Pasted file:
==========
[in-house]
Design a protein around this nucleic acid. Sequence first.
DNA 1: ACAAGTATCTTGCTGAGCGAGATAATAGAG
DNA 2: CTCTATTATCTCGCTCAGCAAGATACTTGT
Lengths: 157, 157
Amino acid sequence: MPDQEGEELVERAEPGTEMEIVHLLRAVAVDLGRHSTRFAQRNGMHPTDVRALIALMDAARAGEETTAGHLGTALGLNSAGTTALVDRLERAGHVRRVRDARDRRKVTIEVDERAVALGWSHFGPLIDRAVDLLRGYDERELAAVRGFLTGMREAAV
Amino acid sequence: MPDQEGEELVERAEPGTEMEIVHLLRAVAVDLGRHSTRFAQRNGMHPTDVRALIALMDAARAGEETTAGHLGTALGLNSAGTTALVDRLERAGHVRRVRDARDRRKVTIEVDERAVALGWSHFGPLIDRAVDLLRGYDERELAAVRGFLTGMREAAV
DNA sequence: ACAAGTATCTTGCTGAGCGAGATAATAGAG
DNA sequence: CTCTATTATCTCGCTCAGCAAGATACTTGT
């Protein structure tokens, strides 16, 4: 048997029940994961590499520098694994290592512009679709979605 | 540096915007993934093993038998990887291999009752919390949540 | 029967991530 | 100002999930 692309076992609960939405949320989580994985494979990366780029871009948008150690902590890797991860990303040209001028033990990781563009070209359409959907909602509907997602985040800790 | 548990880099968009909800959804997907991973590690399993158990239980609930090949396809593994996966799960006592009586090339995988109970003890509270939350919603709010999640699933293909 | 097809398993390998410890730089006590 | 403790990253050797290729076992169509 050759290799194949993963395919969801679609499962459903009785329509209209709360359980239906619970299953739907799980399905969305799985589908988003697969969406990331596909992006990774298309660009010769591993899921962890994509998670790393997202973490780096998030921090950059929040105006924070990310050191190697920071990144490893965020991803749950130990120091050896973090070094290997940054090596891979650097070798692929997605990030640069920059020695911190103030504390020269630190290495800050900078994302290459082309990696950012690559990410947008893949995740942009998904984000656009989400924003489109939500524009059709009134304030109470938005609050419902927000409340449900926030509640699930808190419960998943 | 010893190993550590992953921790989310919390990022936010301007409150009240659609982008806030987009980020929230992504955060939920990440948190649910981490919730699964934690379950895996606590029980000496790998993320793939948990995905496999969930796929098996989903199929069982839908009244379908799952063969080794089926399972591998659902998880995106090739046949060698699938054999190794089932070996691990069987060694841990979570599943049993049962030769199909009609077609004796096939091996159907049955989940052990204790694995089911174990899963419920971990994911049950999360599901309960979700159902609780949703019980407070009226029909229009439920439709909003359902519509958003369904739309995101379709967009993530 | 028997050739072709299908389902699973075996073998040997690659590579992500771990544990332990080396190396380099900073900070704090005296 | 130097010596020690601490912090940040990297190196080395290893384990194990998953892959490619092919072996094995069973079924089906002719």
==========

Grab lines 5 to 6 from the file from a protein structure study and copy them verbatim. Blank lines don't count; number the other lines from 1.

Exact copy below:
Lengths: 157, 157
Amino acid sequence: MPDQEGEELVERAEPGTEMEIVHLLRAVAVDLGRHSTRFAQRNGMHPTDVRALIALMDAARAGEETTAGHLGTALGLNSAGTTALVDRLERAGHVRRVRDARDRRKVTIEVDERAVALGWSHFGPLIDRAVDLLRGYDERELAAVRGFLTGMREAAV